If a patient has been assessed as requiring and suitable for home care, a management plan will need to be put in place to ensure the safety of the patient and other household members. This might (but not always) include a formal collaboration between the GP and a hospital-led service,* and should include the following:
- Establishing the date of symptom onset as day zero (or the date of testing, if asymptomatic)
- Educating the patient about indicators for disease progression; in particular, discussing the risk of deterioration in the second week after symptom onset
- The use of a TGA approved pulse oximeter may be considered in patients with risk factors for deterioration and, if utilised, are of most benefit where there is regular clinician check-in with the patient and as part of broader symptom monitoring
- Educating the patient and other household members about infection prevention and control procedures to stop the spread of COVID-19
- Determining the frequency of contact and follow up required, as determined by the monitoring protocol and as per changes in symptoms, the stage of the illness, and individual patient characteristics and concerns
- Providing information on where, when and how to seek emergency medical assistance (refer to ‘Escalating care’) to the patient, their caregivers and/or other household members
- Establishing who will manage the patient if the treating GP is not available
- Consider the availability of other GPs/nurses in the practice
- Provide contact details for after-hours/medical deputising services or other after-hours services formed in collaboration with the local health district/network
- Provide details of the National Coronavirus Helpline (1800 020 080) or service engaged for additional care of COVID-19 patients in your jurisdiction, and refer to the online healthdirect COVID-19 symptom checker
- If the patient has low English literacy, they can access in-language assistance by calling the National Coronavirus Helpline on 1800 020 080 and selecting the option for interpreter services.
- Creating an action plan for the patient and their carers to monitor their symptoms and know when and how to escalate support
- Discussing the care arrangement for other household members and extended family/community members, if the entire household test positive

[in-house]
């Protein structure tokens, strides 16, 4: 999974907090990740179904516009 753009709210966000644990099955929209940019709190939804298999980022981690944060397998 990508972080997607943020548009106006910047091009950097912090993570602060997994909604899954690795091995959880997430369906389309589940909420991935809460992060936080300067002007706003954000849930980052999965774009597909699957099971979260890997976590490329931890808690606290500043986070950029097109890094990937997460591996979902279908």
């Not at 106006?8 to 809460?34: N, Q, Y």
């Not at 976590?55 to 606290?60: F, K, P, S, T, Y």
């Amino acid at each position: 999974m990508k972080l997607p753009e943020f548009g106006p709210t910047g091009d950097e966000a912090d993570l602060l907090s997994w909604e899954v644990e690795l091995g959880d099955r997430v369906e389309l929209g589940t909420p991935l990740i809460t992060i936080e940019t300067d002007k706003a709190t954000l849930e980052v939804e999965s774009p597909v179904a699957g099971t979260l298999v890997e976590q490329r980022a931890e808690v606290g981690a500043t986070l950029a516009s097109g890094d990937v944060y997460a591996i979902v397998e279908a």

- Determining if the patient has an advance care directive/plan and/or enduring power of attorney in the event the patient becomes unwell and cannot express their care wishes
- Uploading a shared health summary and sending a medical summary to the hospital- led COVID-19 service (if admitted to such) if the patient has a My Health Record
- Providing the patient written materials reinforcing matters discussed, including monitoring and managing symptoms, medicine management, infection prevention and control procedures, contact details for the practice and contact details for if the treating GP is not available and how and when to seek emergency assistance. The relevant hospital or commissioned health service might already have appropriate material to provide to patients, or you can use the RACGP’s guide, action plan and symptom diary for patients. This can be emailed or printed and picked up by a support person for delivery to the patient’s home
*In a rural or remote setting, it might be appropriate to collaborate with all local health service providers (with the patient’s consent), including the local hospital, ambulance service and community nurses, in managing COVID-19- positive patients in the community. This ensures all service providers are aware of the patients under surveillance and are part of the support structure.